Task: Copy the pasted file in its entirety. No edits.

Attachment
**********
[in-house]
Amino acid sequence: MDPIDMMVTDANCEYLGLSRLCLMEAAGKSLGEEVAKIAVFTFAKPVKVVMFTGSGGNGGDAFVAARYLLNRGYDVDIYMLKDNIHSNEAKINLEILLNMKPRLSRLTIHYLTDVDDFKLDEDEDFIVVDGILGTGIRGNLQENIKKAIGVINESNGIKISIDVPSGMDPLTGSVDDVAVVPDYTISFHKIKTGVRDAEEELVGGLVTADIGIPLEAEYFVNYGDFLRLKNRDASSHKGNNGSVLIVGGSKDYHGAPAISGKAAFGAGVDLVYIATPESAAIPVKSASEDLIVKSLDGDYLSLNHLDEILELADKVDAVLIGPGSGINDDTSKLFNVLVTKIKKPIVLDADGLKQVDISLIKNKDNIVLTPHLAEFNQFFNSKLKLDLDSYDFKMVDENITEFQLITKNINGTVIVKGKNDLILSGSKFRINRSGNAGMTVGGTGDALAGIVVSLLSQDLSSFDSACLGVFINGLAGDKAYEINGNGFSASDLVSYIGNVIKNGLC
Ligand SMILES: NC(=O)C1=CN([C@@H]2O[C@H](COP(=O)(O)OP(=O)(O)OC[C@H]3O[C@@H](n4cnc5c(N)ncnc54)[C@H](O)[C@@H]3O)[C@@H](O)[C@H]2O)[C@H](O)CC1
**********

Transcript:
[in-house]
Amino acid sequence: MDPIDMMVTDANCEYLGLSRLCLMEAAGKSLGEEVAKIAVFTFAKPVKVVMFTGSGGNGGDAFVAARYLLNRGYDVDIYMLKDNIHSNEAKINLEILLNMKPRLSRLTIHYLTDVDDFKLDEDEDFIVVDGILGTGIRGNLQENIKKAIGVINESNGIKISIDVPSGMDPLTGSVDDVAVVPDYTISFHKIKTGVRDAEEELVGGLVTADIGIPLEAEYFVNYGDFLRLKNRDASSHKGNNGSVLIVGGSKDYHGAPAISGKAAFGAGVDLVYIATPESAAIPVKSASEDLIVKSLDGDYLSLNHLDEILELADKVDAVLIGPGSGINDDTSKLFNVLVTKIKKPIVLDADGLKQVDISLIKNKDNIVLTPHLAEFNQFFNSKLKLDLDSYDFKMVDENITEFQLITKNINGTVIVKGKNDLILSGSKFRINRSGNAGMTVGGTGDALAGIVVSLLSQDLSSFDSACLGVFINGLAGDKAYEINGNGFSASDLVSYIGNVIKNGLC
Ligand SMILES: NC(=O)C1=CN([C@@H]2O[C@H](COP(=O)(O)OP(=O)(O)OC[C@H]3O[C@@H](n4cnc5c(N)ncnc54)[C@H](O)[C@@H]3O)[C@@H](O)[C@H]2O)[C@H](O)CC1